How the battle of Brooklyn College backfired

A Brooklyn College student activists takes part in a press conference preceding last Thursday's pro-BDS event on campus. (Brooklyn College Students for Justice in Palestine Facebook page)

A Brooklyn College student activist takes part in a press conference preceding last Thursday’s pro-BDS event on campus. (Facebook/Brooklyn College Students for Justice in Palestine)

A line of people formed around the block in front of Brooklyn College last Thursday evening. Dozens of police officers scrutinized the overflow crowd entering the school’s student center for weapons. Across the street, officers separated demonstrators whose opposing chants intermingled in the freezing cold wind. Members of the press weren’t allowed to come inside, but outside reporters asked people what compelled them to turn up. Many replied that they had never heard of the boycott, divestment and sanctions movement, or BDS, until recently, when attempts to shut the event down generated nationwide media attention. Now, they were curious.

Brooklyn College is a sprawling red brick campus with colonial-style buildings surrounded by a neighborhood of fast-food joints and retail storefronts. Though thousands of miles from Israel and the Palestinian territories, last week the school found itself square in the middle of the ongoing struggle over land, resources and human rights.

Carlos Guzman, a member of Students for Justice in Palestine at Brooklyn College, recalls that the commotion started almost immediately after his group began promoting an event about the BDS movement. “The Zionists don’t want people to know about BDS,” said Guzman. “They don’t want people to know the U.S. is using our tax dollars” — $115 billion in mostly military aid since 1948 — “to fund the oppression of Palestinians.”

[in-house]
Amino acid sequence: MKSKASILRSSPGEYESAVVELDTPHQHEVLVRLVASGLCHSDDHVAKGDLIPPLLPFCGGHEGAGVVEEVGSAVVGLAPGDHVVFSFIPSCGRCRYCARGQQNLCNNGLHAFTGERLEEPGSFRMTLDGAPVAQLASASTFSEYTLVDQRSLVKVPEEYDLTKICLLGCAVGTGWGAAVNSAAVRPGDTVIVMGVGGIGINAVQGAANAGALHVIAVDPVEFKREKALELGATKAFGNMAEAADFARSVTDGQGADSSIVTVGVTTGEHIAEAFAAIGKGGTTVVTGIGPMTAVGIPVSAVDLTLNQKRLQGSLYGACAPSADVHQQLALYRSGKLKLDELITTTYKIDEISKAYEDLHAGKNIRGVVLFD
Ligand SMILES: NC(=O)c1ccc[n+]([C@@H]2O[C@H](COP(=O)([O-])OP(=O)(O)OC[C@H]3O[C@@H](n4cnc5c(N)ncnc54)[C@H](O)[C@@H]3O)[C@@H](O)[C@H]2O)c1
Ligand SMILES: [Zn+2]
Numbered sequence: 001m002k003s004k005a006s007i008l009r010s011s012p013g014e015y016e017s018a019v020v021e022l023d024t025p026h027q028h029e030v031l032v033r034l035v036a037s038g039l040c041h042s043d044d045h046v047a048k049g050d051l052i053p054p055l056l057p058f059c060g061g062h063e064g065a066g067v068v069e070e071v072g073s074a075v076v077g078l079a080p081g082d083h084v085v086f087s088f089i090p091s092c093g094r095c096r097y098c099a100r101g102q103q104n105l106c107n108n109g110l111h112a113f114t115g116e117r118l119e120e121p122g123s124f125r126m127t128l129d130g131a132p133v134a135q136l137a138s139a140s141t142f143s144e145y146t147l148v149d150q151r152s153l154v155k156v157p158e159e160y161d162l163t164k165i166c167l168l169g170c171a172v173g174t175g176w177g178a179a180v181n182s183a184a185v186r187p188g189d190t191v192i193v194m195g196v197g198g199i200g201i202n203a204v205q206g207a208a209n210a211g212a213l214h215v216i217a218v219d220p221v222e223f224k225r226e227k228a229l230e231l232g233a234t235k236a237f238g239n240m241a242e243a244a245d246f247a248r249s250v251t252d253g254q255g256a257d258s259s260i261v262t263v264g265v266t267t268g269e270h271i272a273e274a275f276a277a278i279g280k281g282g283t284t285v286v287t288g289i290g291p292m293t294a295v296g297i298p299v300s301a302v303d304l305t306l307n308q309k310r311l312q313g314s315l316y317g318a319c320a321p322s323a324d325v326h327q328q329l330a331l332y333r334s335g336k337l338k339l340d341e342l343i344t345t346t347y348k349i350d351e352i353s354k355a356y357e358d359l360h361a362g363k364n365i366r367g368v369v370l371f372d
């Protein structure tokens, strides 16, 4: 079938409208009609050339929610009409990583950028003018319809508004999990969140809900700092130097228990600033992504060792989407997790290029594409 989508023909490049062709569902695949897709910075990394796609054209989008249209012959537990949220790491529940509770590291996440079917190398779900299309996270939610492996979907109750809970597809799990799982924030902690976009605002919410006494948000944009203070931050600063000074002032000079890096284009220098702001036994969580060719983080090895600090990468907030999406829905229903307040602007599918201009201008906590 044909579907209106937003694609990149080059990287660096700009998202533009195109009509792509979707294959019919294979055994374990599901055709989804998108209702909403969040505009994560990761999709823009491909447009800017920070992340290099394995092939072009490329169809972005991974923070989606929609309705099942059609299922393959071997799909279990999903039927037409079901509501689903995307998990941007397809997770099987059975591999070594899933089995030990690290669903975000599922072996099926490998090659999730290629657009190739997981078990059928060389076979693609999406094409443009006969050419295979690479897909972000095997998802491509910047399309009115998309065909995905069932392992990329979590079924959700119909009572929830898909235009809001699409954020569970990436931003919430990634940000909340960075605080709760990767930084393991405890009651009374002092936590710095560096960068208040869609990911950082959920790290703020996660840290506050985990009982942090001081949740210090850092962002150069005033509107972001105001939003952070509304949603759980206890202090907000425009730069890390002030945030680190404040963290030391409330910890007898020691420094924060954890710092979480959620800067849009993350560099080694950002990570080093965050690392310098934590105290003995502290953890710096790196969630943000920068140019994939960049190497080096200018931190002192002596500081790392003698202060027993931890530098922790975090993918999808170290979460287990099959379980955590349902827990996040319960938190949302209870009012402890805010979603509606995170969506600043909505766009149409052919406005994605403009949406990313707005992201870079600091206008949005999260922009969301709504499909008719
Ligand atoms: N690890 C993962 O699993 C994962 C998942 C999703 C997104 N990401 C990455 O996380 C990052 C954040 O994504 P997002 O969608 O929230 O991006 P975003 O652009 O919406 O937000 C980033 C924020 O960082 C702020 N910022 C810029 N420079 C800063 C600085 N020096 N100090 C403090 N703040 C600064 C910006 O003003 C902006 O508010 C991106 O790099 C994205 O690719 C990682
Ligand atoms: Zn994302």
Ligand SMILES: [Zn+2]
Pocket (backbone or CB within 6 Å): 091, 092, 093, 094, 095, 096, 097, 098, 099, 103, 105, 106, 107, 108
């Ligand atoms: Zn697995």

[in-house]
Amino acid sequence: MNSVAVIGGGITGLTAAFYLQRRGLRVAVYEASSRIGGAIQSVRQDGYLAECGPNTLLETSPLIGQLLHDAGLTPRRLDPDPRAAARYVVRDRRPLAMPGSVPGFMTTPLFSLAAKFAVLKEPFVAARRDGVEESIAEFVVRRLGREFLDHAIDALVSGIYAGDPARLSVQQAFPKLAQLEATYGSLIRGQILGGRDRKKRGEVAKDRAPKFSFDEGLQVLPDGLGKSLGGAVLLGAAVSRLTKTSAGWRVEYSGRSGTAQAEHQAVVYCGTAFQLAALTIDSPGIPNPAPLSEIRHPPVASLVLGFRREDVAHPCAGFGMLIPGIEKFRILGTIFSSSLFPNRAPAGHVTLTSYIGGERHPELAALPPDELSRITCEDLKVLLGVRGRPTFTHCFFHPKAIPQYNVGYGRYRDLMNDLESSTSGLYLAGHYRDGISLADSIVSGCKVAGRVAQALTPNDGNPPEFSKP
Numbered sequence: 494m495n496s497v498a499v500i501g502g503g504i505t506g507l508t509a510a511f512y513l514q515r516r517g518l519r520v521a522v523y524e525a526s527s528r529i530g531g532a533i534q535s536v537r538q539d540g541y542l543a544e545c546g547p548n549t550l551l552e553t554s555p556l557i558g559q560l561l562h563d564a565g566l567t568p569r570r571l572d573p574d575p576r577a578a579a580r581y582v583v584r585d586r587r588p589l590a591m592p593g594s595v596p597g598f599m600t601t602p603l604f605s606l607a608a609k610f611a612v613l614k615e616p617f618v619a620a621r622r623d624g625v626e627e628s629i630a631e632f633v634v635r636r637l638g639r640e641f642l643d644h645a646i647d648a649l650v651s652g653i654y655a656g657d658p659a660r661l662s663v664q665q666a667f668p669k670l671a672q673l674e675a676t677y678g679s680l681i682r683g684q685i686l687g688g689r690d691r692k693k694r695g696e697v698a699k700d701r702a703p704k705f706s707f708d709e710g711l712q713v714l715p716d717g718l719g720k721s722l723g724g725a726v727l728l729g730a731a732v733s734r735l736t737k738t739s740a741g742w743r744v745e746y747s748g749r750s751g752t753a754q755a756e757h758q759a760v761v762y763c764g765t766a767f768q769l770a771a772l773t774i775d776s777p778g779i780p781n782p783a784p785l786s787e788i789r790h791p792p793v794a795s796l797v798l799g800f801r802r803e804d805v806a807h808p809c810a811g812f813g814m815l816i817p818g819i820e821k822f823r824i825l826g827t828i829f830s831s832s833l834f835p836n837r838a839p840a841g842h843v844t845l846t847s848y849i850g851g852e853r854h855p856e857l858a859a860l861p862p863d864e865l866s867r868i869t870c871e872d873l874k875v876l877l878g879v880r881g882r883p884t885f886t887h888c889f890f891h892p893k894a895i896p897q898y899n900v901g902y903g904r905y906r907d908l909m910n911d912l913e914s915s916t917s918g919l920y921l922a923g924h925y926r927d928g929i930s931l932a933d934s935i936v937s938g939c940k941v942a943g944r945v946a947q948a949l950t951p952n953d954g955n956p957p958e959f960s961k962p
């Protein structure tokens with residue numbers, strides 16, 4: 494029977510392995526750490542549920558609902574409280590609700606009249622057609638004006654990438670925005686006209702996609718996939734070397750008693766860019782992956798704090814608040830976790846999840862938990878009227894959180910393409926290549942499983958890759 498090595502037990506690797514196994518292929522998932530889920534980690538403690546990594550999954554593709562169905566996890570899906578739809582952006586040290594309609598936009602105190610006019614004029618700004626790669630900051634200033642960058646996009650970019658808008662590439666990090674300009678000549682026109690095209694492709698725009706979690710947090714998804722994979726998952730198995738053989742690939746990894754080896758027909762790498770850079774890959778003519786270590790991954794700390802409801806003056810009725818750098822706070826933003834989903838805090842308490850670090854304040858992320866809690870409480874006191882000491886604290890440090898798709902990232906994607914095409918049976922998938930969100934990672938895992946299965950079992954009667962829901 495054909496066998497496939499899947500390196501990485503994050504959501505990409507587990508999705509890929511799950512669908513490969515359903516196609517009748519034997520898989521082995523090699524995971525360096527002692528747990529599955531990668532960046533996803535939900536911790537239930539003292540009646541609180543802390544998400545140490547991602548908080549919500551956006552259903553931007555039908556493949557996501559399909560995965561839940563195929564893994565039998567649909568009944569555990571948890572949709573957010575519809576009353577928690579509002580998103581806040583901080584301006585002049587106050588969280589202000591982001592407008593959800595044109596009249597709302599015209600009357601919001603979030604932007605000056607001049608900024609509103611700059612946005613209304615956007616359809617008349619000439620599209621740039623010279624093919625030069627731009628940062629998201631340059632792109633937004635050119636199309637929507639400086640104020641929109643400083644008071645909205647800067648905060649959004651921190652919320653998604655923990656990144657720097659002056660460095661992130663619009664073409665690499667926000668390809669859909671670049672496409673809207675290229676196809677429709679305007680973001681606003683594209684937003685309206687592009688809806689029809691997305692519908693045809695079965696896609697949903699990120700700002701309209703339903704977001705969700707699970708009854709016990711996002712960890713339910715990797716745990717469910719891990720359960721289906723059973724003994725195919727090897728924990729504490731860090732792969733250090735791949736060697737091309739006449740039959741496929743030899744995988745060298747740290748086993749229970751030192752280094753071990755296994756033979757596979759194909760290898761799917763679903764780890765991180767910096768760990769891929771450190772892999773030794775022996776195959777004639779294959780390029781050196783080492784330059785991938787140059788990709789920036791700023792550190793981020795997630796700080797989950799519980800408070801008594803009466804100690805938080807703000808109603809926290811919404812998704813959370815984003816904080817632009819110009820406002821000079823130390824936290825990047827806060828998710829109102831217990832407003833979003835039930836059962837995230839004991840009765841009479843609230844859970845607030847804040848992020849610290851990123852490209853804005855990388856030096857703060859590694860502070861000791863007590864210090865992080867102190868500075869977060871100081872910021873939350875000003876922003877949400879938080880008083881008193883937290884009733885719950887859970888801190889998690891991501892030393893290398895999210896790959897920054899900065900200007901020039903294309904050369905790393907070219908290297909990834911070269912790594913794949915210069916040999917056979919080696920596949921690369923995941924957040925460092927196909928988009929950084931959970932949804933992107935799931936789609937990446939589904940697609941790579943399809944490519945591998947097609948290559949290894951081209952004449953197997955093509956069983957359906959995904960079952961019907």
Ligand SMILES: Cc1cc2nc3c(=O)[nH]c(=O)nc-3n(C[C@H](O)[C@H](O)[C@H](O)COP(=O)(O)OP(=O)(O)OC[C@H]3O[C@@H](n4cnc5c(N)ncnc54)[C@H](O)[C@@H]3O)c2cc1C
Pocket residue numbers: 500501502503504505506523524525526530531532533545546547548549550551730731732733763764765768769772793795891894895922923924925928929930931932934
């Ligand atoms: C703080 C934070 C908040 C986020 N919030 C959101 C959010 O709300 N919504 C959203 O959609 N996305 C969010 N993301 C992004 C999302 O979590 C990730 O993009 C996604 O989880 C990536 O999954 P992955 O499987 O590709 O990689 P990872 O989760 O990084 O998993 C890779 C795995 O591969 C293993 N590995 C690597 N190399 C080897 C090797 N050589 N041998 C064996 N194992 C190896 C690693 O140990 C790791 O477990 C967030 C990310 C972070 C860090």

The aims of the BDS movement are threefold: the withdrawal of Israel from Palestinian territories captured by force in 1967, ending racial discrimination against non-Jews within the state of Israel and the right of return — along with reparations — for those evicted from their homeland since the founding of Israel. As a means to these ends, Palestinian civil society groups put out a call in 2005 for their supporters across the globe to boycott Israeli goods, divest from companies profiting from the oppression of Palestinians, and levy sanctions against Israel until it complies with these demands and international law, including the 1973 UN convention against apartheid.